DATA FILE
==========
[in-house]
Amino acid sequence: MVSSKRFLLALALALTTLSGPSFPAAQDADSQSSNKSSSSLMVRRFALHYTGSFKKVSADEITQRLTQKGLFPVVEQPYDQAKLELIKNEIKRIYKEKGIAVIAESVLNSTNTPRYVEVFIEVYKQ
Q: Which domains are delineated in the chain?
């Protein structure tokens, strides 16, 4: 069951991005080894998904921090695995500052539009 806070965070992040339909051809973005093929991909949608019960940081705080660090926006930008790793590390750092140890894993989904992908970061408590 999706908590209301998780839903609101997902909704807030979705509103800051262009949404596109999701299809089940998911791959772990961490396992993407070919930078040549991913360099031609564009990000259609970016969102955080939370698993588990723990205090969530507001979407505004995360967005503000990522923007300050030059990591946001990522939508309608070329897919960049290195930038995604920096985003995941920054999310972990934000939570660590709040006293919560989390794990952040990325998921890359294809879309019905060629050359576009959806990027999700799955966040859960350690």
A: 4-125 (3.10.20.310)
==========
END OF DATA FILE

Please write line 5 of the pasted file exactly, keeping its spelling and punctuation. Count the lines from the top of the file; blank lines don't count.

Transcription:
A: 4-125 (3.10.20.310)